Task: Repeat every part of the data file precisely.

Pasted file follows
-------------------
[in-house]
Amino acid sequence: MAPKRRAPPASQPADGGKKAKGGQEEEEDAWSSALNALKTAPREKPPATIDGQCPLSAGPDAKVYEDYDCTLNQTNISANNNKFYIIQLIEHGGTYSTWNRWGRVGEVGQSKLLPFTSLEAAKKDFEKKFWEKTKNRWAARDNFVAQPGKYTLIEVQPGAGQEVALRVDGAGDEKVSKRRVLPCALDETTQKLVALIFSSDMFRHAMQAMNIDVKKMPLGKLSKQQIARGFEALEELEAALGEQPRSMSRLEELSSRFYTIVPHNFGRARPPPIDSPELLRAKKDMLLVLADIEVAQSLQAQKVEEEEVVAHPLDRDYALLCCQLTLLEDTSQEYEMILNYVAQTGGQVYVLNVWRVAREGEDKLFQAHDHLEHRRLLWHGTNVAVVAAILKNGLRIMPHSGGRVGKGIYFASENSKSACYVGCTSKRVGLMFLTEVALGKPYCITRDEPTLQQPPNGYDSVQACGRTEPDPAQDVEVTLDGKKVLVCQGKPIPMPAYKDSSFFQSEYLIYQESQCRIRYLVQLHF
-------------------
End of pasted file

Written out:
[in-house]
Amino acid sequence: MAPKRRAPPASQPADGGKKAKGGQEEEEDAWSSALNALKTAPREKPPATIDGQCPLSAGPDAKVYEDYDCTLNQTNISANNNKFYIIQLIEHGGTYSTWNRWGRVGEVGQSKLLPFTSLEAAKKDFEKKFWEKTKNRWAARDNFVAQPGKYTLIEVQPGAGQEVALRVDGAGDEKVSKRRVLPCALDETTQKLVALIFSSDMFRHAMQAMNIDVKKMPLGKLSKQQIARGFEALEELEAALGEQPRSMSRLEELSSRFYTIVPHNFGRARPPPIDSPELLRAKKDMLLVLADIEVAQSLQAQKVEEEEVVAHPLDRDYALLCCQLTLLEDTSQEYEMILNYVAQTGGQVYVLNVWRVAREGEDKLFQAHDHLEHRRLLWHGTNVAVVAAILKNGLRIMPHSGGRVGKGIYFASENSKSACYVGCTSKRVGLMFLTEVALGKPYCITRDEPTLQQPPNGYDSVQACGRTEPDPAQDVEVTLDGKKVLVCQGKPIPMPAYKDSSFFQSEYLIYQESQCRIRYLVQLHF